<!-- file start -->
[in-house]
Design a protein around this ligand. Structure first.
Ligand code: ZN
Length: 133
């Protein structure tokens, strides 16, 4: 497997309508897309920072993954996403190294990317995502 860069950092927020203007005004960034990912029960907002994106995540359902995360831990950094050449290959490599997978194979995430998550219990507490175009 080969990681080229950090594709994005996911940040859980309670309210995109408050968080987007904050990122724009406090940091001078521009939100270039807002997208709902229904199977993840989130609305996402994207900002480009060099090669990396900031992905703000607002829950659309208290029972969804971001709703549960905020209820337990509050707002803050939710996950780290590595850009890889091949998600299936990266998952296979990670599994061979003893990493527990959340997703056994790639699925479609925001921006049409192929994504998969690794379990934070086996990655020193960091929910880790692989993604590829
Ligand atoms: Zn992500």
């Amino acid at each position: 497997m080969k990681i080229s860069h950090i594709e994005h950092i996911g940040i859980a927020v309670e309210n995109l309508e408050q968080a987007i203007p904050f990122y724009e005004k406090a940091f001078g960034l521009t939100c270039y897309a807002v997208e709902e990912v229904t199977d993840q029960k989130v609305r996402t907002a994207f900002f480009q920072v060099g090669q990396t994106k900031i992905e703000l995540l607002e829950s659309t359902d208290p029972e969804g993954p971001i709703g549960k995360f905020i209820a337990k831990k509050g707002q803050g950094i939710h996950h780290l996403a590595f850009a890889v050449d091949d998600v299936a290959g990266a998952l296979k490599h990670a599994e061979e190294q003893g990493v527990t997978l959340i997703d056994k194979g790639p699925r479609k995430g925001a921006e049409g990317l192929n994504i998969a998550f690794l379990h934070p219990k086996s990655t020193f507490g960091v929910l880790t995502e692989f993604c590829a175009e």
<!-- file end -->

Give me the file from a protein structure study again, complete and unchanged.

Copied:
[in-house]
Design a protein around this ligand. Structure first.
Ligand code: ZN
Length: 133
């Protein structure tokens, strides 16, 4: 497997309508897309920072993954996403190294990317995502 860069950092927020203007005004960034990912029960907002994106995540359902995360831990950094050449290959490599997978194979995430998550219990507490175009 080969990681080229950090594709994005996911940040859980309670309210995109408050968080987007904050990122724009406090940091001078521009939100270039807002997208709902229904199977993840989130609305996402994207900002480009060099090669990396900031992905703000607002829950659309208290029972969804971001709703549960905020209820337990509050707002803050939710996950780290590595850009890889091949998600299936990266998952296979990670599994061979003893990493527990959340997703056994790639699925479609925001921006049409192929994504998969690794379990934070086996990655020193960091929910880790692989993604590829
Ligand atoms: Zn992500």
């Amino acid at each position: 497997m080969k990681i080229s860069h950090i594709e994005h950092i996911g940040i859980a927020v309670e309210n995109l309508e408050q968080a987007i203007p904050f990122y724009e005004k406090a940091f001078g960034l521009t939100c270039y897309a807002v997208e709902e990912v229904t199977d993840q029960k989130v609305r996402t907002a994207f900002f480009q920072v060099g090669q990396t994106k900031i992905e703000l995540l607002e829950s659309t359902d208290p029972e969804g993954p971001i709703g549960k995360f905020i209820a337990k831990k509050g707002q803050g950094i939710h996950h780290l996403a590595f850009a890889v050449d091949d998600v299936a290959g990266a998952l296979k490599h990670a599994e061979e190294q003893g990493v527990t997978l959340i997703d056994k194979g790639p699925r479609k995430g925001a921006e049409g990317l192929n994504i998969a998550f690794l379990h934070p219990k086996s990655t020193f507490g960091v929910l880790t995502e692989f993604c590829a175009e």